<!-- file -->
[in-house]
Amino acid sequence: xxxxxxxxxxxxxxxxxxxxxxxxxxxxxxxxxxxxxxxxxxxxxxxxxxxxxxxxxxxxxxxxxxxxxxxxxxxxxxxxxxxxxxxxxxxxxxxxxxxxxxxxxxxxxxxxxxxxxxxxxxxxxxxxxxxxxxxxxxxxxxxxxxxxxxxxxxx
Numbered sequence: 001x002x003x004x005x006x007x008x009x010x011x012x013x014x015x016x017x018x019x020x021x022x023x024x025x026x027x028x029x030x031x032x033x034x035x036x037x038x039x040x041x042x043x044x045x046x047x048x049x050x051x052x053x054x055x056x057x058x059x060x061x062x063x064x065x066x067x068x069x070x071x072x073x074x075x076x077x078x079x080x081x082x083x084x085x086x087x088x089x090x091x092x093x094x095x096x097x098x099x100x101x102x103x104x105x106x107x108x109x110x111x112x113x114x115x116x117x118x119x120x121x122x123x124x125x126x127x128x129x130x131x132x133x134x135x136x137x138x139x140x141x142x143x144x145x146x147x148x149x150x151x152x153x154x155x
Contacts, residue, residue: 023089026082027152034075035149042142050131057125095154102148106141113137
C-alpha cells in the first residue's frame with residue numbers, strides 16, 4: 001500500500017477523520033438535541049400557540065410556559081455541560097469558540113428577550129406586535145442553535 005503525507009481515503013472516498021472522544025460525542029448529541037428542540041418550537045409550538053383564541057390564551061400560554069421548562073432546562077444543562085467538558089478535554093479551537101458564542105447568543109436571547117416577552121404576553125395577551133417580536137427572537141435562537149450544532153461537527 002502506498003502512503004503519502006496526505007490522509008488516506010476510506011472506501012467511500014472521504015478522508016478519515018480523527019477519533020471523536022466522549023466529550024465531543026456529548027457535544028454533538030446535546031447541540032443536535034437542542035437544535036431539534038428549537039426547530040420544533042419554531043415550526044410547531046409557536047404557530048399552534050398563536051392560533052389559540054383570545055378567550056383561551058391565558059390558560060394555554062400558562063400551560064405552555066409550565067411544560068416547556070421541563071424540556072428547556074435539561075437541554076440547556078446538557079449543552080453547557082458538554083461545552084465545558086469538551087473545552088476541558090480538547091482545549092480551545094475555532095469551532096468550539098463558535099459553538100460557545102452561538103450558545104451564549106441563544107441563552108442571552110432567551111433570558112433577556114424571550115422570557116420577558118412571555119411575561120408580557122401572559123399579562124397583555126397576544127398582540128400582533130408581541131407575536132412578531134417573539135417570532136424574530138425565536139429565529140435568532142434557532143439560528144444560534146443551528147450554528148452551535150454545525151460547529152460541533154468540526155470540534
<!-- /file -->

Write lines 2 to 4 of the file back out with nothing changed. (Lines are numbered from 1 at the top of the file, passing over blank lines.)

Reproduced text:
Amino acid sequence: xxxxxxxxxxxxxxxxxxxxxxxxxxxxxxxxxxxxxxxxxxxxxxxxxxxxxxxxxxxxxxxxxxxxxxxxxxxxxxxxxxxxxxxxxxxxxxxxxxxxxxxxxxxxxxxxxxxxxxxxxxxxxxxxxxxxxxxxxxxxxxxxxxxxxxxxxxx
Numbered sequence: 001x002x003x004x005x006x007x008x009x010x011x012x013x014x015x016x017x018x019x020x021x022x023x024x025x026x027x028x029x030x031x032x033x034x035x036x037x038x039x040x041x042x043x044x045x046x047x048x049x050x051x052x053x054x055x056x057x058x059x060x061x062x063x064x065x066x067x068x069x070x071x072x073x074x075x076x077x078x079x080x081x082x083x084x085x086x087x088x089x090x091x092x093x094x095x096x097x098x099x100x101x102x103x104x105x106x107x108x109x110x111x112x113x114x115x116x117x118x119x120x121x122x123x124x125x126x127x128x129x130x131x132x133x134x135x136x137x138x139x140x141x142x143x144x145x146x147x148x149x150x151x152x153x154x155x
Contacts, residue, residue: 023089026082027152034075035149042142050131057125095154102148106141113137